REGAN: Well they’re saying in response, Carl, “The board determined that because of these limited synergies it would be in the best longer-term interest of stock holders to explore a divestiture of Skype.” This is their response to your criticism (inaudible).

ICAHN: Well I got to tell you – I got to tell you, you’ve got to be a little (inaudible) myopic. If you have something for 2.75 that you’re selling it for and a year and a half later, not even, Microsoft buys it – I wonder if anybody really called Microsoft Corporation (NASDAQ:MSFT). We’re going to look into it. We’re – we’re putting out today – in fact you’re the first to hear this. We’re putting out a 220 request, meaning we’re looking for all the books and records. We’re going to thoroughly and diligently investigate whether or not they really did go out and explore everything or just listened to – listened to Andreessen.

Interestingly, right after it Andreessen stated around the time that – that they were doing this that Skype was atypical phenomenon, a breakthrough technology. His partner stated at the time pretty much that Skype is on the way to becoming one of the most important companies in the world. One can only – so I say one can only wonder what happened to Andreessen’s fiduciary responsibility to eBay and what happened to Donahoe? Where the heck is the corporate governance in these companies in our country? I will tell you this —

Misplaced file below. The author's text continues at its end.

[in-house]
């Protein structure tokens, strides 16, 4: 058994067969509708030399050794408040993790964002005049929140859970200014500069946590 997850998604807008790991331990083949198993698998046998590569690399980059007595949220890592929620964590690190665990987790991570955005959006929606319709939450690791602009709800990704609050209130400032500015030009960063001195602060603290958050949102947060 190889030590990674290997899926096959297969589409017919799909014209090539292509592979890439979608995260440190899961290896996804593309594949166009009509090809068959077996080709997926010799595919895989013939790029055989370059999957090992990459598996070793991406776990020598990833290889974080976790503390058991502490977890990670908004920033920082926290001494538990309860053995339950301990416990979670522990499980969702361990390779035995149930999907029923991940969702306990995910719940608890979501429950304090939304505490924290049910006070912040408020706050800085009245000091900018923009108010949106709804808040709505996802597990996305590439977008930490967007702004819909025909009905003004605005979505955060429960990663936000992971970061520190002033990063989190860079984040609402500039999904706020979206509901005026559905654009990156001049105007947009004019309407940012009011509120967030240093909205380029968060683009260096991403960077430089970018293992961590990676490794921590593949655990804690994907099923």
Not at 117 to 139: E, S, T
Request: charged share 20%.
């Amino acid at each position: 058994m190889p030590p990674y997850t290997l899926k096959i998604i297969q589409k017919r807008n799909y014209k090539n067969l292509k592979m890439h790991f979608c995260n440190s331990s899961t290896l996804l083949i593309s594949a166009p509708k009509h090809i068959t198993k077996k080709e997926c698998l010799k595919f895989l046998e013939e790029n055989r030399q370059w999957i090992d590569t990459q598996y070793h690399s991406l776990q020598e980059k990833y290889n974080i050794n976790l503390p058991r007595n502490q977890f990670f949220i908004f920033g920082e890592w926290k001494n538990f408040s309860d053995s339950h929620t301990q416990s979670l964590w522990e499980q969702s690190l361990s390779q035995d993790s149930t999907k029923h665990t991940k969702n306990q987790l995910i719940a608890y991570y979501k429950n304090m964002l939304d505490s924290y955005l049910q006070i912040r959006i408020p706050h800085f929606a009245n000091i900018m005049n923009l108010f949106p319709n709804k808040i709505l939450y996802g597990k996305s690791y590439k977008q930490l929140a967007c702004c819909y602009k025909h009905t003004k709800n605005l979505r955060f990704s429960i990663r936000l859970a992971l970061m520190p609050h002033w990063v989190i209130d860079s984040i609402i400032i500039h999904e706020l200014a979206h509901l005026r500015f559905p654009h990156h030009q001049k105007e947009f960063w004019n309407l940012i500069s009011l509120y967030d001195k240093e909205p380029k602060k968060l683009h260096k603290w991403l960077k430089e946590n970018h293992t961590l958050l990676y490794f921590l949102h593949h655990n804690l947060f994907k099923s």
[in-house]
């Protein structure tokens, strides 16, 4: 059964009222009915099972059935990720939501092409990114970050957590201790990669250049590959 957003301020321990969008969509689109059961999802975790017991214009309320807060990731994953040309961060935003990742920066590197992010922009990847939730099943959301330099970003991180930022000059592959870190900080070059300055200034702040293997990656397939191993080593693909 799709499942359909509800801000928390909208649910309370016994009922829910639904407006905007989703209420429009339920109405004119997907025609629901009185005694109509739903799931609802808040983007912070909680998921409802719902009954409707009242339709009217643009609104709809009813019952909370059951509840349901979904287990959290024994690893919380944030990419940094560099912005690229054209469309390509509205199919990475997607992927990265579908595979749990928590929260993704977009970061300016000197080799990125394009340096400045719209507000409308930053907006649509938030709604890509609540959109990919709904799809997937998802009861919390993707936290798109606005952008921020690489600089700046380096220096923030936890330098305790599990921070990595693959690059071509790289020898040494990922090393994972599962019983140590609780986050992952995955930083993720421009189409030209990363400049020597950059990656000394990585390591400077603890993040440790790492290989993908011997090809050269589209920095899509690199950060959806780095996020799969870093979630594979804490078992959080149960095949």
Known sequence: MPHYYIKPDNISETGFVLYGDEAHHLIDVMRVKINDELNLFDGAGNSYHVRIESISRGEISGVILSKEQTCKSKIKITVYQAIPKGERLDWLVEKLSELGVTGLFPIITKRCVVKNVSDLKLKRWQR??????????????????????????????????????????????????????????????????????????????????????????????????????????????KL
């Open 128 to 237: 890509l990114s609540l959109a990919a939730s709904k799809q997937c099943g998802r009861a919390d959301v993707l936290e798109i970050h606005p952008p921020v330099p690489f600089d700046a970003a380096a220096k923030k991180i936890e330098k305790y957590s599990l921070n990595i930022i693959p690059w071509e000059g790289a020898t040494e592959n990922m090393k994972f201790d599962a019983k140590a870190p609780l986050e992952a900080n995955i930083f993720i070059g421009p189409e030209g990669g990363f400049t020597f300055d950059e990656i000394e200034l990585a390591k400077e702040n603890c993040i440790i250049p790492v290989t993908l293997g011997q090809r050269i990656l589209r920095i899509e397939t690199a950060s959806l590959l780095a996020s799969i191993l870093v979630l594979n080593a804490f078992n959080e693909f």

REGAN: Well they did say –

ICAHN: – that we as large shareholders of mutual funds have a responsibility to make sure really that the rest of the board and the CEO has – has a responsibility. Even with Chesapeake, which got a lot of PR and all, they never – they never sold something. They never – they never sold something – Aubrey never sold something at a $4.5 billion profit to one of his board members. It’s sort of unheard of. And now that I’ve really dug into it – I’ve been a little busy, as you know, with Forest the last couple of weeks. But now that I’ve really got into this, this is phenomenal. And I’m just saying it, and I hope the – I hope the larger shareholders just don’t sweep it under the rug like the company is trying to do. The company is saying —

REGAN: Do you think that some of these companies –

ICAHN: What’s that?

REGAN: Do you think some of these tech companies face a certain struggle or a more specific struggle in that some of the board members – as you try to recruit board members that have an expertise in the area, the reality is tech is somewhat of an incestuous community where people have a hand in this and that, and are they running the risk that they’re putting people in that have these conflicts of interest? Not in eBay, but in Silicon Valley in general.

ICAHN: You know something? I’m not going to go and comment on Silicon Valley. This is just bad form, bad – terrible corporate governance, and it’s bad anywhere. And then I’ll just tell you something else. And I said in the letter another grand slam for Andreessen coming right after this was his investment in Kinetix. Now listen to this one. Ebay sold Kinetix back to its founder for just $31 million in cash from (ph) $467 million. Just that, right? And one year later Andreessen goes in and at that price with that note and everything puts in $150 million. He doesn’t mention – he doesn’t go and tell – tell Dohanoe, why the